After the first failure in 2010, government authorities are again considering banning vape products in the country, which are considered as dangerous as smoking.
For years, Indonesia has had reservations about regulating vape. Some experts believe this should be blamed on the fact that it took too long for government agencies to make up their minds and try to enforce the laws they enacted. But things may well be about to change. Some time ago, the country’s vice president, Marouf Amin, said he would “conduct a comprehensive assessment of the impact of e-cigarettes on public health. The assessment aims to understand the next phase of the country’s vape legislation.
“We will consider banning vape, but in principle, anything that is dangerous will be banned by government departments,” he said, adding that if this assessment does not reveal any particular dangers, “the next step will be to decide whether to impose an excise tax on vape. The products will be taxed or not.” The decision was made after an amendment was submitted on December 23, which was signed by the country’s president, Joko Widodo.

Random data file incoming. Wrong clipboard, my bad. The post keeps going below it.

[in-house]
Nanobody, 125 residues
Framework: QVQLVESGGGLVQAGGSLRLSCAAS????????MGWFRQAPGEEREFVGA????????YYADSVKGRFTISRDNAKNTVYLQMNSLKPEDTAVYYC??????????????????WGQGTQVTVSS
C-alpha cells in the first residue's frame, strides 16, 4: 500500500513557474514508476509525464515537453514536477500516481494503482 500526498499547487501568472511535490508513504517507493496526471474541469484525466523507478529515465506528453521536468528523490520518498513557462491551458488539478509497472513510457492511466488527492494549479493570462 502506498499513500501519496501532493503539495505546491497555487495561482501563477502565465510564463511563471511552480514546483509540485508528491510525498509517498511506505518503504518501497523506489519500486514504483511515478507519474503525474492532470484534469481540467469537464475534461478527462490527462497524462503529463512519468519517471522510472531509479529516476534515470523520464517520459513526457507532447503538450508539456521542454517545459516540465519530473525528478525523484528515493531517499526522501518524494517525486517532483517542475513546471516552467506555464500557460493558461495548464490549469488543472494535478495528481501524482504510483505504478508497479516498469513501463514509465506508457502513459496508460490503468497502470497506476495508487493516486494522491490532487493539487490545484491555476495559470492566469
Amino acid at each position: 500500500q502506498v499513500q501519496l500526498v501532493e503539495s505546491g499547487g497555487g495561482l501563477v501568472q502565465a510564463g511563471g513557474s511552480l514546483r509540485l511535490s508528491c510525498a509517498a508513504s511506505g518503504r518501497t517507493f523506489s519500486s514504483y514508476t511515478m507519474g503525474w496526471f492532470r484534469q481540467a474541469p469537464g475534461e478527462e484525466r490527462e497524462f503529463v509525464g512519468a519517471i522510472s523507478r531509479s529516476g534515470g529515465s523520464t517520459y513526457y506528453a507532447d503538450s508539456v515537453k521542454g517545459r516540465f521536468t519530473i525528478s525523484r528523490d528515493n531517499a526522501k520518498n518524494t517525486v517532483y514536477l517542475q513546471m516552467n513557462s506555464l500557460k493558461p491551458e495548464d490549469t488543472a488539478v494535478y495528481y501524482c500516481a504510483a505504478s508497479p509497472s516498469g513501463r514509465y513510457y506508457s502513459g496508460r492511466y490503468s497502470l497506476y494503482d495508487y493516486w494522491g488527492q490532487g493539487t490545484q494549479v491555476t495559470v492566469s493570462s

So far, vape has not been regulated in the country. Although the government department failed to enforce its law banning the import, sale, and possession of e-cigarette products in 2010, it approved them seven years later, imposing a hefty 57 percent tax. Another 15 percent tax increase is expected this year and in 2024.
According to the National Council on Tobacco Control, smoking and vape are equally unhealthy. This position contradicts the majority of scientific studies that show vape are far less harmful than smoking.
The latest data for 2019 shows that 37.60 percent of Indonesia’s population is a smoker. The rate has been rising since 2015, when it stood at 36.7 percent.